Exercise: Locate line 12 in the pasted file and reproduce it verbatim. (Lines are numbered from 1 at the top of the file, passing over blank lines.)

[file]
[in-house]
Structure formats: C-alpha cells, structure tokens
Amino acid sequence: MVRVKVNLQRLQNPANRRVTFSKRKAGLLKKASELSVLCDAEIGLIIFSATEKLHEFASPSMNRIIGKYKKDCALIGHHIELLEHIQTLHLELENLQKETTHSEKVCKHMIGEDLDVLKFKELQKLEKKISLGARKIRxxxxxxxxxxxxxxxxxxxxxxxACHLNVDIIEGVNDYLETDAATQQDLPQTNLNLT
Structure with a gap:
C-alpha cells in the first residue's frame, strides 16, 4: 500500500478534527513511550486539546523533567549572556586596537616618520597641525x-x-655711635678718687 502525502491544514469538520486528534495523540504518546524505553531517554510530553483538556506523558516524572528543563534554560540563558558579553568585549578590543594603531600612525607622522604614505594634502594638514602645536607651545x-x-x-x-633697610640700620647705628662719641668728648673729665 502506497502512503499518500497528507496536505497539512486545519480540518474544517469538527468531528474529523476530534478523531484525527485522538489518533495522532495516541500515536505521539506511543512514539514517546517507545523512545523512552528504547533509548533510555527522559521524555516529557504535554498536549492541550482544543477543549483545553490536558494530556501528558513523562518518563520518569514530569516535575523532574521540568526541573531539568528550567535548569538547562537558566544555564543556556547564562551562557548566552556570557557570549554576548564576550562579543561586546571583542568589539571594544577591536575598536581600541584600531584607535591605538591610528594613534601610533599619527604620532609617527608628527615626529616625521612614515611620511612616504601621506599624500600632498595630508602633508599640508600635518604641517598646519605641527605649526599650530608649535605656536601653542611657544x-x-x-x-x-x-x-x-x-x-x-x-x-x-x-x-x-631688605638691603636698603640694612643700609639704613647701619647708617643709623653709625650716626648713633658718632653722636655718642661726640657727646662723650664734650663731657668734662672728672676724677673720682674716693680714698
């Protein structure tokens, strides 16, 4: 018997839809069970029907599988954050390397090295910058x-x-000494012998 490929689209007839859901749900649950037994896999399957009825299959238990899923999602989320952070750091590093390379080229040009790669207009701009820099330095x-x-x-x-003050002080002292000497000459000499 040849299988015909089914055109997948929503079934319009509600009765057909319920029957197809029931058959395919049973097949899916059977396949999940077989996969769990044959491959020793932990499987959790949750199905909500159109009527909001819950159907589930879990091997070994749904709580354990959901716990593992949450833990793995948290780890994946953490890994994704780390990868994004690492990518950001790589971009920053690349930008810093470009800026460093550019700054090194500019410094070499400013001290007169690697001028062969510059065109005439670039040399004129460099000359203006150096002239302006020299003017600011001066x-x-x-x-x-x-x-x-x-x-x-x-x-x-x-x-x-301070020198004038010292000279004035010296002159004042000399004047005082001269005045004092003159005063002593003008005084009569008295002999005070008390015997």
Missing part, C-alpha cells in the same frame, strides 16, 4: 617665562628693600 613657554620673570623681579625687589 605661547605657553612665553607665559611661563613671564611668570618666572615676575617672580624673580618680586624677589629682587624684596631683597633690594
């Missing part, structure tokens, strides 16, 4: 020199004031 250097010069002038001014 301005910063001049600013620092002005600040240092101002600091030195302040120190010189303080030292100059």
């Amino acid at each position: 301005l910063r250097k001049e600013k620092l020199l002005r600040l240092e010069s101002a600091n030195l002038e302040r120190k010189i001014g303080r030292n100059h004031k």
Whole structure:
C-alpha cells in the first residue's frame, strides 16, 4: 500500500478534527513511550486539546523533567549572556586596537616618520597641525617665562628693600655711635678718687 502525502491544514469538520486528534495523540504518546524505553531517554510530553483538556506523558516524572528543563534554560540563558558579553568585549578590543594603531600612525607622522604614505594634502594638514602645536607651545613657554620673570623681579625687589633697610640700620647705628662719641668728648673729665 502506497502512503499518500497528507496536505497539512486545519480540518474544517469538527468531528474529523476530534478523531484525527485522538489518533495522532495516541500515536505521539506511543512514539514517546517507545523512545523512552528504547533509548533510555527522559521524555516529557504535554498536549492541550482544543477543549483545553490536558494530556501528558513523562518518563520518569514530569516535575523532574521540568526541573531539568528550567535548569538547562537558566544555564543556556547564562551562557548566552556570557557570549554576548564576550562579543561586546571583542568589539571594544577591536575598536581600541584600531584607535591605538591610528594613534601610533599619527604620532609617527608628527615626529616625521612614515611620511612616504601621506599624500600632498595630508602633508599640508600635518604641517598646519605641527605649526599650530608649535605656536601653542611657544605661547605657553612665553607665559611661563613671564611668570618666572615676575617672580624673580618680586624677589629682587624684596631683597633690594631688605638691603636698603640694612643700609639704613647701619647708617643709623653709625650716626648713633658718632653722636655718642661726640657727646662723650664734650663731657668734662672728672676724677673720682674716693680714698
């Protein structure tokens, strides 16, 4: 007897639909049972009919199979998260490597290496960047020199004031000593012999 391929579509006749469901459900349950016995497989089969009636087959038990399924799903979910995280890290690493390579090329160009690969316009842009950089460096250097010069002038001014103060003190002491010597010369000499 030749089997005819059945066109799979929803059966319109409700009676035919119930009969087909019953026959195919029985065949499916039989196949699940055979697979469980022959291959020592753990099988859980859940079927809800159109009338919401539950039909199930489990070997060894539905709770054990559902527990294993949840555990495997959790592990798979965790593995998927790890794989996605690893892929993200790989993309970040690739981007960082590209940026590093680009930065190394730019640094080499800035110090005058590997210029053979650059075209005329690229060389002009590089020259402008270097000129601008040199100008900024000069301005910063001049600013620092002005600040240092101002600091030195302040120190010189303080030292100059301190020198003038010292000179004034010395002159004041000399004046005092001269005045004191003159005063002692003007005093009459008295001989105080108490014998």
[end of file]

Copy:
């Protein structure tokens, strides 16, 4: 007897639909049972009919199979998260490597290496960047020199004031000593012999 391929579509006749469901459900349950016995497989089969009636087959038990399924799903979910995280890290690493390579090329160009690969316009842009950089460096250097010069002038001014103060003190002491010597010369000499 030749089997005819059945066109799979929803059966319109409700009676035919119930009969087909019953026959195919029985065949499916039989196949699940055979697979469980022959291959020592753990099988859980859940079927809800159109009338919401539950039909199930489990070997060894539905709770054990559902527990294993949840555990495997959790592990798979965790593995998927790890794989996605690893892929993200790989993309970040690739981007960082590209940026590093680009930065190394730019640094080499800035110090005058590997210029053979650059075209005329690229060389002009590089020259402008270097000129601008040199100008900024000069301005910063001049600013620092002005600040240092101002600091030195302040120190010189303080030292100059301190020198003038010292000179004034010395002159004041000399004046005092001269005045004191003159005063002692003007005093009459008295001989105080108490014998």